For well over a century, everyday investors have been putting their money to work on Wall Street right alongside professional money managers. But over the past two years, these retail investors have rocked the boat like never before.
In late January 2021, when short squeezes were all the rage, everyday investors accounted for about 22% of total trading volume. But according to JPMorgan Chase‘s Managing Director of Big Data and AI (Artificial Intelligence) Strategies Peng Cheng, retail investors surpassed this previous record between Jan. 25, 2023 and Feb. 1, 2023 and accounted for 23% of total trading volume. In other words, the everyday investor is making their presence felt — and it pays to know what stocks they like and hold.
Retail investors are increasingly gravitating to time-tested businesses
Since you’ll find everyday investors at all online brokerages, there’s no perfect way to get an all-encompassing picture of what they’re holding. However, Robinhood Markets‘ (HOOD -0.76%) online brokerage platform is geared toward everyday investors. It has no minimum deposit requirements, charges no commission for stocks purchased on major U.S. exchanges, and even offers free shares of stock for new members who deposit money with the company. Robinhood tends to be a good gauge of retail-investor sentiment.
The reason I mention Robinhood is because it provides a public and constantly updated view of the 100 most-popular securities on its platform. These are the 100 most-held stocks and exchange-traded funds in retail investors’ portfolios right now.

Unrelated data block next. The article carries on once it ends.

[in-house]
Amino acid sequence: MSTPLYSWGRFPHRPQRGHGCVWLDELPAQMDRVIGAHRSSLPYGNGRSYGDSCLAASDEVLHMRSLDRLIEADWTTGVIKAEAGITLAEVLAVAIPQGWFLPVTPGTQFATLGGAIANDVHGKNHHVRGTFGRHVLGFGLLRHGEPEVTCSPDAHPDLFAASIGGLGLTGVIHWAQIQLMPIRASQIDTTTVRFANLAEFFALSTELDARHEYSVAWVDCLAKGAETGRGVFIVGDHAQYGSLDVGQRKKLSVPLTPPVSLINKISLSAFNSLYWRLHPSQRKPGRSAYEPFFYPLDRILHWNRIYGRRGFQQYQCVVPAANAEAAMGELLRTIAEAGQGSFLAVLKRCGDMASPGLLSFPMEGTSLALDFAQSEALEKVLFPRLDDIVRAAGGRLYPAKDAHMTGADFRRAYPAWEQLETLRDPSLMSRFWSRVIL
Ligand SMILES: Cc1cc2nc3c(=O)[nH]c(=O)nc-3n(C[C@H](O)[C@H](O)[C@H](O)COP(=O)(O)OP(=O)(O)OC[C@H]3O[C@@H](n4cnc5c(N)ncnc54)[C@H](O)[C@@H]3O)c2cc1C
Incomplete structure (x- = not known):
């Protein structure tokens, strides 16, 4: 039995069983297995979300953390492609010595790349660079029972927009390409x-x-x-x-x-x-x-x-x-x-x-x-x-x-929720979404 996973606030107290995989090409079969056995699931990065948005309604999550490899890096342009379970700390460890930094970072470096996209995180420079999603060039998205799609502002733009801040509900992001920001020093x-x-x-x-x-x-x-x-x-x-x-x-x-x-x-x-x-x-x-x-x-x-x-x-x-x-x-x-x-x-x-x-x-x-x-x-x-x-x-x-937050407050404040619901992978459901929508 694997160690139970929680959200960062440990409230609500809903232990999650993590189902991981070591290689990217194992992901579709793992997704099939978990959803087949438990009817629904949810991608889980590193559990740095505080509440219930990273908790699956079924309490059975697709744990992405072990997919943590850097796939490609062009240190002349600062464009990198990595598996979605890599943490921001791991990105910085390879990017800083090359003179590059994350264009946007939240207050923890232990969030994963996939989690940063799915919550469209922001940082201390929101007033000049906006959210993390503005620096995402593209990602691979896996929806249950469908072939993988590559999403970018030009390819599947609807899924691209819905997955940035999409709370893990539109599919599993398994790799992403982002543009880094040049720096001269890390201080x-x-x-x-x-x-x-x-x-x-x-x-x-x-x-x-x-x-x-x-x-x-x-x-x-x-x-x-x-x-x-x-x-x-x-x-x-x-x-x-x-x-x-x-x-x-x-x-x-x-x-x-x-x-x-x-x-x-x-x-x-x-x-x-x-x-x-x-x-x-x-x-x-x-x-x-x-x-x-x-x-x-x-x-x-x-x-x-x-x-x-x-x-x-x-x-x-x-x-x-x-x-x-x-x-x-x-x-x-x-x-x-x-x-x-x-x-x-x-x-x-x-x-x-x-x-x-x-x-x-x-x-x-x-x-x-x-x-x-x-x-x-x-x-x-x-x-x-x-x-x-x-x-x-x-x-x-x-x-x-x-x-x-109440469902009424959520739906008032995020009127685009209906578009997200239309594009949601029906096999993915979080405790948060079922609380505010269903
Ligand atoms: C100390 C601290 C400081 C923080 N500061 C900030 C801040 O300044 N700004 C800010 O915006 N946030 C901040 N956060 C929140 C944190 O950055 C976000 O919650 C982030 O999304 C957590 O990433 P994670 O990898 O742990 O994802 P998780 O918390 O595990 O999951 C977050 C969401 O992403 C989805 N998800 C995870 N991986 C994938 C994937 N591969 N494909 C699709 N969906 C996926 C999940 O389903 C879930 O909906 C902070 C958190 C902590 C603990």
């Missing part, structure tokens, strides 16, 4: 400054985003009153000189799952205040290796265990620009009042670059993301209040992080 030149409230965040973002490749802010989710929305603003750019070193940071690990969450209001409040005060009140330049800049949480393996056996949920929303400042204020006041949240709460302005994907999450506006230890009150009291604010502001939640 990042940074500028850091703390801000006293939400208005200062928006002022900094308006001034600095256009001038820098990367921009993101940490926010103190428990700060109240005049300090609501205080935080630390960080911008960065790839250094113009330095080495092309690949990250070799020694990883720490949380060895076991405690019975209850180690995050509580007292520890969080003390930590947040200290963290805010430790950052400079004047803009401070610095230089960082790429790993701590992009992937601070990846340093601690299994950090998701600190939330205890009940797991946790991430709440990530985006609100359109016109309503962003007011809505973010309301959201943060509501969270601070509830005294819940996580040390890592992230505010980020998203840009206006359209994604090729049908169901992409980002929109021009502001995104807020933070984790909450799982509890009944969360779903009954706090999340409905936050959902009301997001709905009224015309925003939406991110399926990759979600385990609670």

As you can imagine, meme stocks have been a fixture on this Robinhood leaderboard and, at one point in 2021, even dominated the top 10. But that’s not the case any longer. More than half of Robinhood’s 10 most-held stocks are profitable and time-tested multinational businesses like Walt Disney, Microsoft, and Ford Motor Company.
Tech-stock Apple (AAPL -1.76%), which is the largest publicly traded company by market cap in the U.S., has vacillated between No. 1 and No. 2 on Robinhood’s leaderboard a couple of times. Apple has easily recognizable products (iPhone, Mac, iPad), a loyal customer base, and is nothing short of a money machine. Over the trailing-12-month period, it generated $109.2 billion in operating cash flow.